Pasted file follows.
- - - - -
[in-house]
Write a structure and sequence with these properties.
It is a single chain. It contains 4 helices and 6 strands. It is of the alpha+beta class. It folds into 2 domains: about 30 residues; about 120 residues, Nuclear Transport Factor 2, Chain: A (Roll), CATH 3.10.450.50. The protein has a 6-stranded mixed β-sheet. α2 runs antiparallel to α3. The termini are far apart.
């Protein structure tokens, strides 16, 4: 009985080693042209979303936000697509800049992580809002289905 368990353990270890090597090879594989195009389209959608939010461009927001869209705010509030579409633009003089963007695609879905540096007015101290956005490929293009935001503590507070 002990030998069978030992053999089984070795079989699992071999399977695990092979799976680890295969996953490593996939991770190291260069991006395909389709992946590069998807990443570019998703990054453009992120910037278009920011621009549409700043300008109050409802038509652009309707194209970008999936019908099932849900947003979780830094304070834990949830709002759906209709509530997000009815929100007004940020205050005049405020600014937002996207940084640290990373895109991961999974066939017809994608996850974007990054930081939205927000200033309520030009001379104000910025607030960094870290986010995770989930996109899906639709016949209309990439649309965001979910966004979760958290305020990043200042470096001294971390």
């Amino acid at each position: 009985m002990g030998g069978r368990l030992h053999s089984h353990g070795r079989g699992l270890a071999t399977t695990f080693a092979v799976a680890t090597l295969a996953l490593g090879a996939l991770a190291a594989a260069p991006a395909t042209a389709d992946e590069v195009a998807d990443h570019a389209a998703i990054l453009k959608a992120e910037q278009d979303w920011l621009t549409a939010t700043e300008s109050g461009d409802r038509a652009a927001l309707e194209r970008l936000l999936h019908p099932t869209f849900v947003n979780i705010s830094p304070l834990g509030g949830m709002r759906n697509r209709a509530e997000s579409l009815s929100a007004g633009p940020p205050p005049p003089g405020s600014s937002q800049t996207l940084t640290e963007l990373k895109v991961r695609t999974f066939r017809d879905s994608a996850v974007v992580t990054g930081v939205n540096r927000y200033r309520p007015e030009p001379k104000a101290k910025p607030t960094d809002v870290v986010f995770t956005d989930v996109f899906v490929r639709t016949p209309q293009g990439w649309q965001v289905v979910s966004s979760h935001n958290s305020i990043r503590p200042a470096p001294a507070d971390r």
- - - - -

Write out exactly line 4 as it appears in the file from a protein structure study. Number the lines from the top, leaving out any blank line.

């Protein structure tokens, strides 16, 4: 009985080693042209979303936000697509800049992580809002289905 368990353990270890090597090879594989195009389209959608939010461009927001869209705010509030579409633009003089963007695609879905540096007015101290956005490929293009935001503590507070 002990030998069978030992053999089984070795079989699992071999399977695990092979799976680890295969996953490593996939991770190291260069991006395909389709992946590069998807990443570019998703990054453009992120910037278009920011621009549409700043300008109050409802038509652009309707194209970008999936019908099932849900947003979780830094304070834990949830709002759906209709509530997000009815929100007004940020205050005049405020600014937002996207940084640290990373895109991961999974066939017809994608996850974007990054930081939205927000200033309520030009001379104000910025607030960094870290986010995770989930996109899906639709016949209309990439649309965001979910966004979760958290305020990043200042470096001294971390």